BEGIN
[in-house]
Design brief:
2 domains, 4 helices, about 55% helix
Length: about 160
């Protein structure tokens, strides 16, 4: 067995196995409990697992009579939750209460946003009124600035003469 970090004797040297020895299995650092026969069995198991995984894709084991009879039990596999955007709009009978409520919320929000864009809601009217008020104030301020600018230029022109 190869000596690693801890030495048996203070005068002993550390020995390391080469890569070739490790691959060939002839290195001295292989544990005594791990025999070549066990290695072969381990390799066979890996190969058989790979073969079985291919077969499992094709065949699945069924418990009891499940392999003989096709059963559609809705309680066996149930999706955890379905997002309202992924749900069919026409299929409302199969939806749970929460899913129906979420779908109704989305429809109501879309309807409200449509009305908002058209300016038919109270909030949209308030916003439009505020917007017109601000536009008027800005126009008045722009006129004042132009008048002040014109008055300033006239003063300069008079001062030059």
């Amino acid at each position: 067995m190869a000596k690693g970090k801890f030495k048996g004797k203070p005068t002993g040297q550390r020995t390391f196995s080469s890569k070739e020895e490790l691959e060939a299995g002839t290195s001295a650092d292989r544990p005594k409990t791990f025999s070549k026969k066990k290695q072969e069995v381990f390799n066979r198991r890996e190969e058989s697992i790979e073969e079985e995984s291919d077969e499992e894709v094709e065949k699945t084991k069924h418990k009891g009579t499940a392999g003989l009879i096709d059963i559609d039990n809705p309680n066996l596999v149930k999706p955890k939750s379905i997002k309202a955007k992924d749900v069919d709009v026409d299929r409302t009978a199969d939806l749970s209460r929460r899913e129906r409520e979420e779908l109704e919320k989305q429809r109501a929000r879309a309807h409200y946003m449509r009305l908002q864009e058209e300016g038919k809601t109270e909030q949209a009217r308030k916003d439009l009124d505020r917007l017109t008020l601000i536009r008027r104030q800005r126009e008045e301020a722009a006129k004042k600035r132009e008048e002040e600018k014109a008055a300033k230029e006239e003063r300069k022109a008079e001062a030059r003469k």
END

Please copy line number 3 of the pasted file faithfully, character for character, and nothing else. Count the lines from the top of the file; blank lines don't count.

2 domains, 4 helices, about 55% helix